Promotional Information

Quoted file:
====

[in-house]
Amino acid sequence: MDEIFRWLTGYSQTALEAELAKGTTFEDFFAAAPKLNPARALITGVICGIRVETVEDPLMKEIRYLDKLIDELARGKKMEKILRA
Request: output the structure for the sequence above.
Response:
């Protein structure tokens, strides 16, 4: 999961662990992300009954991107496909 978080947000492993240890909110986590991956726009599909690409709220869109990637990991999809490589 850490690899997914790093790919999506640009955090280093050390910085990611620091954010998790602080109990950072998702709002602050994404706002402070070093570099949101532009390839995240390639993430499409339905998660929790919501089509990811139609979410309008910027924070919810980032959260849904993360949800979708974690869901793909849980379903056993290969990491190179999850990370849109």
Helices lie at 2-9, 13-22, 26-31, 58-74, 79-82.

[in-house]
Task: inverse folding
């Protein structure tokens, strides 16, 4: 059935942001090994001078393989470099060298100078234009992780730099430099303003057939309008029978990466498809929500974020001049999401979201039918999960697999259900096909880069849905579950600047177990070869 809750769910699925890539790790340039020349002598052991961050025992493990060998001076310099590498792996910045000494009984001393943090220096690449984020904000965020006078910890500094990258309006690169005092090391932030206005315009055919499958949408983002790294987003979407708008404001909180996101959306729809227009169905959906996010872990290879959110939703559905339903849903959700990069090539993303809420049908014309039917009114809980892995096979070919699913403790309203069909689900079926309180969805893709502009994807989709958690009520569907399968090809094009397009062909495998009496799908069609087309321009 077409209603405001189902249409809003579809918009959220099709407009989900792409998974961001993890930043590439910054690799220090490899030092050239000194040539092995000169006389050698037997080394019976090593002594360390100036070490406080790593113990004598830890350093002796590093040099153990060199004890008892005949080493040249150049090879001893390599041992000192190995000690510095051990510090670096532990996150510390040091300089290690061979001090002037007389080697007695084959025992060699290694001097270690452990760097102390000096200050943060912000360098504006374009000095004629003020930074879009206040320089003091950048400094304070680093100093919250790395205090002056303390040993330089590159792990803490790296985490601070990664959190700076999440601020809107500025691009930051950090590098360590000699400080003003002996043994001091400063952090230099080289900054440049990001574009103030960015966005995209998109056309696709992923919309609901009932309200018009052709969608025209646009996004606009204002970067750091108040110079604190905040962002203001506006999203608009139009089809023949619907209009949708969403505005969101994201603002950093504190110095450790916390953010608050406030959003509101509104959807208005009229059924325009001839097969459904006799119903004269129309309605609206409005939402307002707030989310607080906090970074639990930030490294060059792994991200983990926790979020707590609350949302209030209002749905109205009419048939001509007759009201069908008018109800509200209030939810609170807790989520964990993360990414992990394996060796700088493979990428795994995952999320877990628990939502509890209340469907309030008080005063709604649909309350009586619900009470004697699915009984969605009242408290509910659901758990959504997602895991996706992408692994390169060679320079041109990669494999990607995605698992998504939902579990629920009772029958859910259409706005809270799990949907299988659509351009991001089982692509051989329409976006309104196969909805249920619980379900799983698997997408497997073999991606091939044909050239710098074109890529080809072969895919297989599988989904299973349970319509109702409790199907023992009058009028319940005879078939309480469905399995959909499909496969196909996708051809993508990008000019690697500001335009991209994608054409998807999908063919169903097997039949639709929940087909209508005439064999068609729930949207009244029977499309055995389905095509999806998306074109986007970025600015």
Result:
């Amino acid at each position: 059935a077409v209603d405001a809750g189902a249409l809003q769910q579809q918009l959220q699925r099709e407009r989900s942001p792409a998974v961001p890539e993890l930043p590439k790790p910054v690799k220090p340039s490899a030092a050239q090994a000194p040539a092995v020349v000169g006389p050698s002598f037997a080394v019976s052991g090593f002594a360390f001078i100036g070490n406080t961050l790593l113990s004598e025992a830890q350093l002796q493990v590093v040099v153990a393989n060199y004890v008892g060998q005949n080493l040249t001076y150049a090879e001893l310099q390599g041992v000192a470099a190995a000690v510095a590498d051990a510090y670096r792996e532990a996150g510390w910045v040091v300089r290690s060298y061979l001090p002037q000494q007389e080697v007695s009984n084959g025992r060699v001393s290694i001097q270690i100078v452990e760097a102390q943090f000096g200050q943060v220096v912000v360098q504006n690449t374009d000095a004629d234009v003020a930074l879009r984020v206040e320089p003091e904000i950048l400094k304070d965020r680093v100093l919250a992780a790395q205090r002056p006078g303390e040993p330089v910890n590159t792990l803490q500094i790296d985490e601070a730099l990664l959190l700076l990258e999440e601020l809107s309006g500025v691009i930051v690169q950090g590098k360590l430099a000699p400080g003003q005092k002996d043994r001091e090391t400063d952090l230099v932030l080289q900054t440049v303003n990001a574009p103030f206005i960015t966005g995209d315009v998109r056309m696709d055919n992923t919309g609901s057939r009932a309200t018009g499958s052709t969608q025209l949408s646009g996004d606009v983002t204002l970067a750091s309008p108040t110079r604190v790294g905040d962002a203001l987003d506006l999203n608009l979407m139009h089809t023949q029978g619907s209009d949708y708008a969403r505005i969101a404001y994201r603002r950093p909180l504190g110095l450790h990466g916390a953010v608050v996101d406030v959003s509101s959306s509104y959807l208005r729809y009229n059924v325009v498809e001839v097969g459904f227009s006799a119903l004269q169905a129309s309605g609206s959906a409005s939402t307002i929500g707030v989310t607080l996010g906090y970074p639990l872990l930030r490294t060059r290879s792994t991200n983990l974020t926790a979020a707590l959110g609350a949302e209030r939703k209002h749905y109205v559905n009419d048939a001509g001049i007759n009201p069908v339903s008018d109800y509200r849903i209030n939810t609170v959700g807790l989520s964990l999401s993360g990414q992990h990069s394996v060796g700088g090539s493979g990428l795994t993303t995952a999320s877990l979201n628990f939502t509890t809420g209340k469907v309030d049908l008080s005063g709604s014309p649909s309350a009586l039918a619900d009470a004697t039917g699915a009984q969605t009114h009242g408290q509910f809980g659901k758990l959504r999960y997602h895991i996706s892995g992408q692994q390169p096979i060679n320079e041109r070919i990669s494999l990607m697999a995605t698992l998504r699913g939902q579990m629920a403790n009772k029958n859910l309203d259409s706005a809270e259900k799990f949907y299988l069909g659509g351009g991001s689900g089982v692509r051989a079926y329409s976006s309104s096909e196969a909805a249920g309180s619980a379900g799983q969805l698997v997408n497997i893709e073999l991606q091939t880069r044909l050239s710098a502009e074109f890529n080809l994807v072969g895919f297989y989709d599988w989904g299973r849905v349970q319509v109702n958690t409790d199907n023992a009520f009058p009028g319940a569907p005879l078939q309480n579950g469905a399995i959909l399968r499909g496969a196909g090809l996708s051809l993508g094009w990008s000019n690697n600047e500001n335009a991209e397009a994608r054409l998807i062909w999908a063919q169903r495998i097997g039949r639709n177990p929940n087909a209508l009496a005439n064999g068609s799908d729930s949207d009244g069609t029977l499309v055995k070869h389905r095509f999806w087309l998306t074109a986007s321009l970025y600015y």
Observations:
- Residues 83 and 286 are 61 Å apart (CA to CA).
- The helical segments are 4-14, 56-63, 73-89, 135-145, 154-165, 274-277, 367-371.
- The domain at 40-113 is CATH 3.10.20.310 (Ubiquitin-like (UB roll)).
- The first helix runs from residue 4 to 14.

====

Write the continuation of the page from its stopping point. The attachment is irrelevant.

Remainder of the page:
Goethe said: 'As students of nature we are pantheists, as poets polytheists, as moral beings monotheists.' F. E. Peters's The Monotheists gives a keener edge to Goethe's irony, and he teaches us again the 'conflict and competition' between Jews, Christians, and Muslims. Throughout his career, Peters has been our most comprehensive scholar of the agon waged by the three camps with one another. In The Monotheists he achieves the apotheosis of his enterprise, defining precisely this 'fractious family' in all its contours. The perpetual relevance of Peters's lifelong subject is heightened at our moment in history. -- Harold Bloom, author of "The Western Canon: The Books and School of the Ages" A work of breathtaking scope! Many scholars write about Judaism and Christianity, or Judaism and Islam, or Islam and Christianity, but only F. E. Peters has the learning, adventurousness, and historical imagination to take on all three religions in relation to one another within the scope of one book. Written in a clear expository prose, these volumes will be an invaluable resource for students and teachers, diplomats and statesmen, journalists and pundits on the vexing religious topics that today seem an inevitable part of political life and social discourse. -- Robert Louis Wilken, author of "The Spirit of Early Christian Thought" F. E. Peters has written a magisterial account of the family similarities and quarrels through the centuries of the three biblical religions, Judaism, Christianity, and Islam. In these two volumes, he is at once, as always, vastly learned and at the top of his form as an entertaining and persuasive writer. This work will immediately take its place as the standard account of the Hebrew Bible and its reflection in the Talmud, the New Testament, and the Koran. -- Arthur Hertzberg, author of "Jews: The Essence and Character of a People" An authoritative introduction to the study of Judaism, Christianity, and Islam, The Monothesists will be especially useful for students in religious studies courses. To the initiates it offers an impressive original synthesis of the material and a challenging reading of important chapters in religious history. Written in clear, fluent prose, the book is never verbose, and its underlying structure is easy to follow. -- Sarah Stroumsa, The Hebrew University of Jerusalem, author of "Freethinkers of Medieval Islam" The Monotheists is a splendid work. It will be valuable as a classroom text on the three 'Western' monotheistic religious traditions, and it will also appeal to more general readers who seek to investigate the historical background to the present events in the Middle East. Previous such comparative studies are flawed by comparison. -- Richard C. Martin, Emory University, author of "Defenders of Reason in Islam"